Saudi Arabia will gradually lift a coronavirus related ban for Umrah pilgrimage starting early next month, the Saudi Press Agency (SPA) reported early today.
According to the report, Saudi Arabia will gradually resume the year-round umrah pilgrimage from 4 October.
"An official source at the Ministry of Interior affirms the Kingdom's keenness to enable the pilgrims from inside and outside the Kingdom to perform the rituals in a safe and healthy manner fulfilling the preventative requirements and spatial distancing in order to ensure human safety," SPA said on Twitter in English.
The Umrah, which refers to the Islamic pilgrimage to Makkah that can be undertaken at any time of year, attracts millions of Muslims from across the globe each year.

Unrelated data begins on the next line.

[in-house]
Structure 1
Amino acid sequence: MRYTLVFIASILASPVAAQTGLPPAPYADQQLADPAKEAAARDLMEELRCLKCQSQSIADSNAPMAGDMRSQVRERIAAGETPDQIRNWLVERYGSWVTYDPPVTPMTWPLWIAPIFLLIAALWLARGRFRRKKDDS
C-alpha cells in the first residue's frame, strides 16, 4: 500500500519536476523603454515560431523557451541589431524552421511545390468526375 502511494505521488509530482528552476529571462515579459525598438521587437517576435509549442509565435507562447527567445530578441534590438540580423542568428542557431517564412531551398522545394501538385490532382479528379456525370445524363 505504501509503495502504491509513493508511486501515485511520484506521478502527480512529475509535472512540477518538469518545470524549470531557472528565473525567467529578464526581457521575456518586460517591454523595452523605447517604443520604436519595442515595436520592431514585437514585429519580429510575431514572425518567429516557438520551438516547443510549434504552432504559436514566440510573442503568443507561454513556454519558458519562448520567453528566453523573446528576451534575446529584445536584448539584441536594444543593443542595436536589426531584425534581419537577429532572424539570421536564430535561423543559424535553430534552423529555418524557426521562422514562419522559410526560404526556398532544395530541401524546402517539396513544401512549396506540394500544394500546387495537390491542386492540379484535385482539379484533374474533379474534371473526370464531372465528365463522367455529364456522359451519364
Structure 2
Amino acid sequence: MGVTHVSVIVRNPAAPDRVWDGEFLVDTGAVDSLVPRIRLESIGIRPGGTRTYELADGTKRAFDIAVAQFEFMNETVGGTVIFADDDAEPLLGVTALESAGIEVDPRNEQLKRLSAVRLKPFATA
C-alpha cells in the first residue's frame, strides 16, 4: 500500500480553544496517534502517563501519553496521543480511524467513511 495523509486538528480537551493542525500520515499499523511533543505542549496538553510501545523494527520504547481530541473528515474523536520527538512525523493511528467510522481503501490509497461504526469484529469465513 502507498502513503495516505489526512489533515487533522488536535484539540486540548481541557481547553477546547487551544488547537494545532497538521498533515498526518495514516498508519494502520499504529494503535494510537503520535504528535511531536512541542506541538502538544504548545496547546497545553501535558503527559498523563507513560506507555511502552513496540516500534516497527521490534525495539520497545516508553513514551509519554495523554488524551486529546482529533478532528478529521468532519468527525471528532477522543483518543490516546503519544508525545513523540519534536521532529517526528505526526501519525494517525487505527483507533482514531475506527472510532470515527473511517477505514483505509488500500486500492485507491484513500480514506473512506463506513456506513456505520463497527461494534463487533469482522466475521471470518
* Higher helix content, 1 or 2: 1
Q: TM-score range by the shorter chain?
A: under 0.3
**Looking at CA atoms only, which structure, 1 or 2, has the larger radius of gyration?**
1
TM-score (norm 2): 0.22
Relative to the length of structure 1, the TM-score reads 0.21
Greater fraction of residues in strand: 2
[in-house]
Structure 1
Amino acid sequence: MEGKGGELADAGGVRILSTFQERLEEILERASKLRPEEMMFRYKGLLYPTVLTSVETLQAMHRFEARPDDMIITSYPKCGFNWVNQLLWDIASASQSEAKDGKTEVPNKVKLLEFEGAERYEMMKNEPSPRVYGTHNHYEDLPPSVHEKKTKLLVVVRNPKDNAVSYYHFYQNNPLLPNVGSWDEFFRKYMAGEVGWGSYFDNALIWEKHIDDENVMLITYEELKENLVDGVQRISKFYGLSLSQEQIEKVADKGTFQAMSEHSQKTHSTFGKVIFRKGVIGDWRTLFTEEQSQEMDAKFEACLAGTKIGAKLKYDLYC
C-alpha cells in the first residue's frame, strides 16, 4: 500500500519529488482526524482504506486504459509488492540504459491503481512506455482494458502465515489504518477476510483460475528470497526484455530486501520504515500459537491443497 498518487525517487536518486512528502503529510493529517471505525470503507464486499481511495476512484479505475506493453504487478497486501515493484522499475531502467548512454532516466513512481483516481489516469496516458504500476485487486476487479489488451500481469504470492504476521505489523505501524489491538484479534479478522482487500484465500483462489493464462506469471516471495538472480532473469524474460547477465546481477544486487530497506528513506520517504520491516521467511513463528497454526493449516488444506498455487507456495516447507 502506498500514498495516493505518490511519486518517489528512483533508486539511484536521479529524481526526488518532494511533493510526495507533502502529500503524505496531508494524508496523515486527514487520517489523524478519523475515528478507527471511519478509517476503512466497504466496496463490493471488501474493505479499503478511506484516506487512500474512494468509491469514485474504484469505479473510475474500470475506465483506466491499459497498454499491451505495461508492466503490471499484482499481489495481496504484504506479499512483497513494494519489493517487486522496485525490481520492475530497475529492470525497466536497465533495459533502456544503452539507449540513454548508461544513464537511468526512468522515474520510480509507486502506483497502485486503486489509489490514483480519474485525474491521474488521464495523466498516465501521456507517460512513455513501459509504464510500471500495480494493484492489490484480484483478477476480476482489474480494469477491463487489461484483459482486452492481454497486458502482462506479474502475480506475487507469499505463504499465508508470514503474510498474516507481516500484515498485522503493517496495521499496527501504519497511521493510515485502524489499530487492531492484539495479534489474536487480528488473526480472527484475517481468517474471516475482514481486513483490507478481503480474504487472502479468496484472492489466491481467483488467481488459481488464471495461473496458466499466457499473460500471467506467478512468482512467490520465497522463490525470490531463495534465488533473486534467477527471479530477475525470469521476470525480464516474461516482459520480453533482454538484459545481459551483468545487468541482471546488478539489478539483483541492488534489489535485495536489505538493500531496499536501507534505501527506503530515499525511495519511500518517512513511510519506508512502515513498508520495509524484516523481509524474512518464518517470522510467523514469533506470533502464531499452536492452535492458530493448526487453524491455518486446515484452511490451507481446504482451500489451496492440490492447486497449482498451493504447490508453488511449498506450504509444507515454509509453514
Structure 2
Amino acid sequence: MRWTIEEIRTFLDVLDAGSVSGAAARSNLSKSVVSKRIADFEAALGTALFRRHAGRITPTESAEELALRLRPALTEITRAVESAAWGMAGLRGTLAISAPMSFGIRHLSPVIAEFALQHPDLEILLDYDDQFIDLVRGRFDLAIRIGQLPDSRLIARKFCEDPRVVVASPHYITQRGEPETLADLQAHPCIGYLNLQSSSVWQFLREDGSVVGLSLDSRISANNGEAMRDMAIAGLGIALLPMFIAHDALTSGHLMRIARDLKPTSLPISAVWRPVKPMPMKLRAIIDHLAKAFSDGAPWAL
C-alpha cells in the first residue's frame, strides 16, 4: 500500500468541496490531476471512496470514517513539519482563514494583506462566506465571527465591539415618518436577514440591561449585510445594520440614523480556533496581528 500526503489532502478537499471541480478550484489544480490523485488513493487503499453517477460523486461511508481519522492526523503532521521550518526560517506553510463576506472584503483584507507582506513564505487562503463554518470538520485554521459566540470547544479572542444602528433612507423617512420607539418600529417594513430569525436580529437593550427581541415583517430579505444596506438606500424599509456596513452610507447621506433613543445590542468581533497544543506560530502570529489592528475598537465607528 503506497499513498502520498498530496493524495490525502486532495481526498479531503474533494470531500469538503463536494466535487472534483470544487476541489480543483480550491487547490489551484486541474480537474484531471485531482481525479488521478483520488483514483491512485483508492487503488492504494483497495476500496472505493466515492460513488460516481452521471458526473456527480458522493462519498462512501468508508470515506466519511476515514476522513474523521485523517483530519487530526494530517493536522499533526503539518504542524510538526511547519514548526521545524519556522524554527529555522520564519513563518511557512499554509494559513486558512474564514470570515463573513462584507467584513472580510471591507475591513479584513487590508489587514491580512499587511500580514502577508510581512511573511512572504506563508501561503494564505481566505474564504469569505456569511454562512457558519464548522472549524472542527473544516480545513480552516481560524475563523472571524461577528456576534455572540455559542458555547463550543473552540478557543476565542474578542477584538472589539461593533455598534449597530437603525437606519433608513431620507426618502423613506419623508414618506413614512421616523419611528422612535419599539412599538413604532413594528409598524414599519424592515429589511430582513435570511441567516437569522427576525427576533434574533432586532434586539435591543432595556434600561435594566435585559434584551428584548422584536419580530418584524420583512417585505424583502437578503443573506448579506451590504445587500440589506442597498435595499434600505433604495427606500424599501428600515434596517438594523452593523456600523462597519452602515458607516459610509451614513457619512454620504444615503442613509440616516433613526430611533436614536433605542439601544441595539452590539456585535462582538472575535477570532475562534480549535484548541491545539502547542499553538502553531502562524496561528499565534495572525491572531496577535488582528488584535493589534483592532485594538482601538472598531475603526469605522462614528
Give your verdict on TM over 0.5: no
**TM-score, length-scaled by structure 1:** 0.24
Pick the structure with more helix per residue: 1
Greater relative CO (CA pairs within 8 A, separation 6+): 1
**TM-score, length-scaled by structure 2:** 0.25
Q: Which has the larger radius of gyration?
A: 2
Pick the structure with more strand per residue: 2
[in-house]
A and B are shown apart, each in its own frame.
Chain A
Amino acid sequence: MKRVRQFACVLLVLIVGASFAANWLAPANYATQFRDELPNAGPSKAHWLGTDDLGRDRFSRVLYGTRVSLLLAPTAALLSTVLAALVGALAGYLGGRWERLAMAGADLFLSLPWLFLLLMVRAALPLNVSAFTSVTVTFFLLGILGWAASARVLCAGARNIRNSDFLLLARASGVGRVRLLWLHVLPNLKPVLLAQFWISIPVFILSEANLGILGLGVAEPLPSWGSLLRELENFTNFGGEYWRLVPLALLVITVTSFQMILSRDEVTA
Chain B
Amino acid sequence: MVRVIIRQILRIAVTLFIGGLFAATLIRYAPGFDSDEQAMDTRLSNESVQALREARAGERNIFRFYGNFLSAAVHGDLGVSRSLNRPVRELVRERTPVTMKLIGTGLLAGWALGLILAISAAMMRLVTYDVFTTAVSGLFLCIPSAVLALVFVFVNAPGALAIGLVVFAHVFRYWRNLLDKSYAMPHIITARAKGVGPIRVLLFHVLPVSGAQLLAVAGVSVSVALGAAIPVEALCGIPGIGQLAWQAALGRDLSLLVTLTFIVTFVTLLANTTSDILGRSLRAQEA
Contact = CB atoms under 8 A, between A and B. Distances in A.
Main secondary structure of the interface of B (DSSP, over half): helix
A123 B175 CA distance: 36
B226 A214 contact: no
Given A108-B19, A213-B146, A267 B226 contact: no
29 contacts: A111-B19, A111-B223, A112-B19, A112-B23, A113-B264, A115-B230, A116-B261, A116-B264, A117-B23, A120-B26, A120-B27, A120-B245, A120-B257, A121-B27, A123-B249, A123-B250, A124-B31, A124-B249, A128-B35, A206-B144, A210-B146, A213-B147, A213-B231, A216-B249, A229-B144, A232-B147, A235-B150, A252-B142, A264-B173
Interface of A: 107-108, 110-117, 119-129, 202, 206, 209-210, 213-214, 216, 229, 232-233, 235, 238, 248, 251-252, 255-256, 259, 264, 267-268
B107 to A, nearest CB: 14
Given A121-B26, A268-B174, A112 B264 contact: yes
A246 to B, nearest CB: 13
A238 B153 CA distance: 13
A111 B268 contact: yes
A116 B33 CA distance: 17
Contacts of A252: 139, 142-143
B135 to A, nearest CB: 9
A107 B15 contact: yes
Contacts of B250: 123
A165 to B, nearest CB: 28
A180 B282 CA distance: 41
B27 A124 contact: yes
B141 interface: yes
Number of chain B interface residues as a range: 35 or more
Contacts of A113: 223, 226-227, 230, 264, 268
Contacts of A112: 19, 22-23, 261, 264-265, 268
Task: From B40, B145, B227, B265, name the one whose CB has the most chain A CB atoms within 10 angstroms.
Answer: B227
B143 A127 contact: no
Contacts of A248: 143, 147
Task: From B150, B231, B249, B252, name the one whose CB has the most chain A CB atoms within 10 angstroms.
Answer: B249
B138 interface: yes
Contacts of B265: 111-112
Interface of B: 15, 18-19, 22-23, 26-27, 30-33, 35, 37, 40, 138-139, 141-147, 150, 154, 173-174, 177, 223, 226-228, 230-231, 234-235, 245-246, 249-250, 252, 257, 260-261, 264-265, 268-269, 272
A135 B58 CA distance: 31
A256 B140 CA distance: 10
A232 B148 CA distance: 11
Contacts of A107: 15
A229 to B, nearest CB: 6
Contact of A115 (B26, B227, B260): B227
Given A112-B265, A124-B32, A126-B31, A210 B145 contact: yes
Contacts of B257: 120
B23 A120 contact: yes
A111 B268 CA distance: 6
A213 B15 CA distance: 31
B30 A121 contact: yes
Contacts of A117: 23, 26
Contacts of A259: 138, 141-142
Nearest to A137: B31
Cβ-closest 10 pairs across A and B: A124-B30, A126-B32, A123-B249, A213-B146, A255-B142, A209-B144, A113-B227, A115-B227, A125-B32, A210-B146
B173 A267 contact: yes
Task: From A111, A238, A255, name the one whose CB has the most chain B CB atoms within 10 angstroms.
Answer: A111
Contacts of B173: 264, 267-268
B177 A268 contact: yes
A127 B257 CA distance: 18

Saudi Arabia suspended the Umrah in March and scaled back the annual Hajj over fears that the coronavirus could spread to Islam's holiest cities.
Pilgrimage is a big business for Saudi Arabia and the backbone of plans to expand visitor numbers under Crown Prince Mohammed Bin Salman's ambitious economic reform agenda.
In 2019, around 19 million pilgrims attended Umrah while Hajj drew 2.6 million. The crown prince aims to increase capacity to 30 million pilgrims annually and generate 50 billion riyals ($13.32 billion) of revenues by 2030.